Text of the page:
Let us understand this clearly. Ireland is that piece of the earth which has no share in Lucifer, no connection with Lucifer. The part of Paradise that had to be separated, so that an earthly image of it might come into being, would have stood in the way of Lucifer’s entry into Paradise. According to this legend, therefore, Ireland was conceived as having been first of all that part of Paradise which would have kept Lucifer out. Only when Ireland had been separated off, could Lucifer get in.
This legend, of which I have given you a very incomplete account, is a very beautiful one. For many people it explained the quite individual task of Ireland through the centuries. In the first of my Mystery Plays you will find what has been often described: how Europe was Christianised by Irish monks. After Patrick had introduced Christianity into Ireland, it came about that Christianity there led to the highest spiritual devotion. In further interpretation of the legend I have just described, Ireland — Ierne for the Greeks and Ivernia for the Romans — was even called the island of the saints, because of the piety that prevailed in the Christian monasteries there.
Barfield’s imagination of Ireland
A fairytale or conte contained within Barfield’s novella Eager Spring (written in the 1980s) recounts the story of a good-hearted, romantic poet-musician (or Trovatore), Paolo, the question of whose existence is “the mysterious relation between spirit and flesh”, and who seeks “more and more eagerly for the dwelling-place on earth of the true way, the Trovatore way, of handling it”. A learned friend tells him that
Ireland, not Rome, was the source from which the Christian faith had first been carried into Europe. That was several centuries ago. But from all he had heard, the old man said, and unless the original inspiration had sadly faded, a judicious traveller would come nearer there than anywhere else to the Wellspring from which flowed a true understanding of the relation between Spirit and flesh.
Paolo therefore sets off from France for Ireland, but falls sick while travelling through England, and is nursed back to health by a family of sisters, one of them a young woman, Maria, with whom he falls in love. The family’s peaceful existence is disturbed by Godfrey, whose nearby ironworks he is determined will expand ever further, and who wants therefore to mine the iron beneath their land. This skilled, intelligent, grasping materialism, we are given to understand, is an inversion of the true “relation between Spirit and flesh”.
Godfrey will stop at nothing to take their land. Paolo and the sisters turn to the kind, learned Doctor Gropewell, who had treated Paolo in his illness. Gropewell rereads a note of a conversation he once had “with a learned monk who had been led to Ireland by his interest in early Christian missionaries, and while there had become acquainted with unwritten traditions descended from the followers of St Patrick and St Columba and perhaps from predecessors as far back as the birth of Christ and beyond it”. After rereading this note, Gropewell has a dagger forged from meteoric iron, iron coming from the heavens, in order to slay the dragon-like owner of the forge…
It has been written that the troubadours (French for Trovatori) gave the world a new conception of romantic love. But it is noteworthy in Eager Spring that this question of “a true understanding of the relation between Spirit and flesh” is far from being only a matter of romance. The theme in the book, and of the conte within it, of caring for the land leads to the conclusion that “flesh”, with no undue stretching of the term, also refers to the body of this world. It is not incidental that Godfrey is depicted as brutally overworking his employees. All in all, questions of land, labour and capital arise again and again. The larger story within which the conte is embedded is of a marriage coming under strain due to the passionate engagement of Virginia in an attempt to prevent the pollution by commercial interests of an area of natural beauty.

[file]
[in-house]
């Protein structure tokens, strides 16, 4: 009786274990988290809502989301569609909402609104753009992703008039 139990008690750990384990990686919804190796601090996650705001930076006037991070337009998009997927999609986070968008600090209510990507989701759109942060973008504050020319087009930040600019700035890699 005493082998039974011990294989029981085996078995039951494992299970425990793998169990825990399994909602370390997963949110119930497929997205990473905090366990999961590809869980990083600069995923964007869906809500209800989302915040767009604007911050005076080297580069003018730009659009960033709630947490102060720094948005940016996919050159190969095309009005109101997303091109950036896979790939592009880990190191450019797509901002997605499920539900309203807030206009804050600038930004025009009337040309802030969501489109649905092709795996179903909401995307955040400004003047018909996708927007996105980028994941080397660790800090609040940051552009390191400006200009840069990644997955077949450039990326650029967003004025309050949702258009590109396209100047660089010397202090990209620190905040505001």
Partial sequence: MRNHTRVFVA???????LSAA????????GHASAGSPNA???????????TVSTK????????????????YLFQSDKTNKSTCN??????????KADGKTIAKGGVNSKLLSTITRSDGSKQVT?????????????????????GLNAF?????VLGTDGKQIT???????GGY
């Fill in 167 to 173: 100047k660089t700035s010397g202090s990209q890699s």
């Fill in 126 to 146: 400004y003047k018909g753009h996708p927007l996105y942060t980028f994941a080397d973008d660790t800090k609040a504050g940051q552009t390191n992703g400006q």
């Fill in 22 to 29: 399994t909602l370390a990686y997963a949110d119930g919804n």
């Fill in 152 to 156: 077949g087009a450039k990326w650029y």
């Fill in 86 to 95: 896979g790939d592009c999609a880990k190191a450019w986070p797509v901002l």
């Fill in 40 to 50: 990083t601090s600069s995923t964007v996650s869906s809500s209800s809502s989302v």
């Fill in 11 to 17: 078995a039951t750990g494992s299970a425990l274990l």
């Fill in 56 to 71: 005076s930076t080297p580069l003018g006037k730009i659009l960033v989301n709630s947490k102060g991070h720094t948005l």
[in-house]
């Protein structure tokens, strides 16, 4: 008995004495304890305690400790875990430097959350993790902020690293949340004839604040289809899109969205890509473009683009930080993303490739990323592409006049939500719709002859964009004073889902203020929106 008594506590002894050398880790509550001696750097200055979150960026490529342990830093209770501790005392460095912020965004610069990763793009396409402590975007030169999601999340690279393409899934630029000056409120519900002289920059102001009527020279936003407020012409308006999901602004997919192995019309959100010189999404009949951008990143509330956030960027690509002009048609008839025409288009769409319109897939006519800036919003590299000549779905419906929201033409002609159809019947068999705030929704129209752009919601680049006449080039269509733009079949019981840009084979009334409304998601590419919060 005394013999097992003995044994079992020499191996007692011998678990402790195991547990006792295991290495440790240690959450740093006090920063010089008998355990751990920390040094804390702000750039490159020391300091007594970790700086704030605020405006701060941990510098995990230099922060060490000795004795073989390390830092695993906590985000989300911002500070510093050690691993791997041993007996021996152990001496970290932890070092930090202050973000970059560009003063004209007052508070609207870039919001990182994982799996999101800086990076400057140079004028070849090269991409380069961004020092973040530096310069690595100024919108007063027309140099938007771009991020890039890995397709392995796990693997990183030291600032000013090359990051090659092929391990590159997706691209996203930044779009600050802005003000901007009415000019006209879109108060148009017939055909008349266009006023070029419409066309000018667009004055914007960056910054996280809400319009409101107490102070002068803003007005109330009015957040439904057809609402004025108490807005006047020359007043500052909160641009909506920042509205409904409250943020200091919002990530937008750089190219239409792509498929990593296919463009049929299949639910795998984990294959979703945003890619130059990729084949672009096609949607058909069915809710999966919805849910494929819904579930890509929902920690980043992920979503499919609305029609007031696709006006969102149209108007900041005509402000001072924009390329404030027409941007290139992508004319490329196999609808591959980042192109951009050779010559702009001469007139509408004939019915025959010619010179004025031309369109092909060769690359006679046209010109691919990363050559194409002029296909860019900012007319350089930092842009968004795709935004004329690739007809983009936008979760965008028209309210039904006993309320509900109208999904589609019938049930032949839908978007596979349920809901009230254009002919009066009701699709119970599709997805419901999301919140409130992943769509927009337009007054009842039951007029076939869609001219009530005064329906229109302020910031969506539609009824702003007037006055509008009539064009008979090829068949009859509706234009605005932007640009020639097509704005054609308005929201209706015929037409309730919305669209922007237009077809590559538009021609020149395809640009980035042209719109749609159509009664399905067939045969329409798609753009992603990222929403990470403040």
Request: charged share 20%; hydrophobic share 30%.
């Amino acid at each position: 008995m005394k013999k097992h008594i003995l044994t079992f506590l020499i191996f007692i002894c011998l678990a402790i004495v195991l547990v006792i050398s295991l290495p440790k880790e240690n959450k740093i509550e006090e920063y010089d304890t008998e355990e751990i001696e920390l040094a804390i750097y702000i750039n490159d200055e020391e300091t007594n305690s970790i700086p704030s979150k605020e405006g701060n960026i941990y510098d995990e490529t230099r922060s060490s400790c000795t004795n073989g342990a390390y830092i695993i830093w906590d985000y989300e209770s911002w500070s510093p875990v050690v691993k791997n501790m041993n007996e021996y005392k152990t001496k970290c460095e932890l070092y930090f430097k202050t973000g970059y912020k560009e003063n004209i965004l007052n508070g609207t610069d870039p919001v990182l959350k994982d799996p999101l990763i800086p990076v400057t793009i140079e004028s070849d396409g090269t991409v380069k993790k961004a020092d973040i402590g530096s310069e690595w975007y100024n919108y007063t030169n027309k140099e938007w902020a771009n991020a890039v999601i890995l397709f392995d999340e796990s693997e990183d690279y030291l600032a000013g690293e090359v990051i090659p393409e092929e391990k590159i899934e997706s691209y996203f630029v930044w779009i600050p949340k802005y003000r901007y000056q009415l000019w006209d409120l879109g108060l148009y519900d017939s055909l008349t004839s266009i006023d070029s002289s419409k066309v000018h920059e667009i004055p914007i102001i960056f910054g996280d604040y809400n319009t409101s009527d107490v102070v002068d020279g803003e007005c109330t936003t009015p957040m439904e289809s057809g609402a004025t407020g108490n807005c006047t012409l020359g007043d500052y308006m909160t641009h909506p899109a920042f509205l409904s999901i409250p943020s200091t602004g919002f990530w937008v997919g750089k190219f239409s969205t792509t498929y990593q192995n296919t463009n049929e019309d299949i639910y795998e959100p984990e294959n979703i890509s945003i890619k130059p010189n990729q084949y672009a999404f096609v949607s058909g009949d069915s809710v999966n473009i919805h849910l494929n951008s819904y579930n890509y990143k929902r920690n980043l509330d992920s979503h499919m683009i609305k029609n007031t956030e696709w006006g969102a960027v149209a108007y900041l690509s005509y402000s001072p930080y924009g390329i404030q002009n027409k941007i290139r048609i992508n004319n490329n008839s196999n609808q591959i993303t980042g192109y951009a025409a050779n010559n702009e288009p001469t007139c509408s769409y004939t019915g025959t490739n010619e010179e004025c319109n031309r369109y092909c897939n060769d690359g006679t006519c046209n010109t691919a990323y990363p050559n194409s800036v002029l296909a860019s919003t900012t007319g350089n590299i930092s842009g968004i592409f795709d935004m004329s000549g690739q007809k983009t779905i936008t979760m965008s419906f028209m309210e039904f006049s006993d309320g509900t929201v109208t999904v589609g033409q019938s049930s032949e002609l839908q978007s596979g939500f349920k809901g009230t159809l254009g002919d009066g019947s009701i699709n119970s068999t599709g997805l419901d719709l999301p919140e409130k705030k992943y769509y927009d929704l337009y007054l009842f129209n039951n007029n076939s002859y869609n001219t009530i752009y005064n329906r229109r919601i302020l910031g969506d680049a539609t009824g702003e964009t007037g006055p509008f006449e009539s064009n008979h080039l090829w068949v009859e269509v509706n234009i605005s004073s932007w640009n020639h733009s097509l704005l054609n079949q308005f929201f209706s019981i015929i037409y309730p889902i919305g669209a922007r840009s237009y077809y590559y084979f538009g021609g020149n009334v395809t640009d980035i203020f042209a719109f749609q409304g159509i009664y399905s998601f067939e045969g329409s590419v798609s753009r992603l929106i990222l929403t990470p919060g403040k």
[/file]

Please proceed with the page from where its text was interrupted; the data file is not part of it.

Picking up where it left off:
Before concluding, I set down a passage from Rudolf Steiner that follows the long one already quoted:
We can say, more or less as I have said today, that Ireland is a quite special piece of land and this is one factor among many from which should come a fruitful working out of social-political ideas. Ireland is one such factor, and all these factors must be taken account of in conjunction with one another. In this way we must develop a science of human relationships on the earth. Until that is done, there will be no real health in the organisation of public affairs. That which can be communicated from out of the spiritual world must flow into any measures that are taken.
The Western mysteries, amongst which, as Steiner called them, the Hibernian mysteries had such a central place, are natural and economic mysteries: they relate to the world around us, land, growing things, animals, weather. Spend a day on the second floor or higher of a hotel in Dublin, watching the sky change every half-hour, and you will be able to imagine those at home in Ireland in ancient days always perceiving anew the natural world around them and learning its most subtle rhythms, in order to live but also in love of it. It is in that joyous, busy world that we currently need, more than ever, to learn about the “right relation between Spirit and flesh”, which in the Hibernian mysteries is to perceive the Spirit in the flesh. That will inevitably have social-political ramifications. It is something like this, I believe, that Barfield was thinking about when he wrote about Paolo going forth on his journey to Ireland. Though Paolo’s journey is interrupted, and a tragedy intervenes, the book does not rule out that journey as a possibility for him, beyond its pages. For us, too, Barfield knew, this task is coming towards us from the future.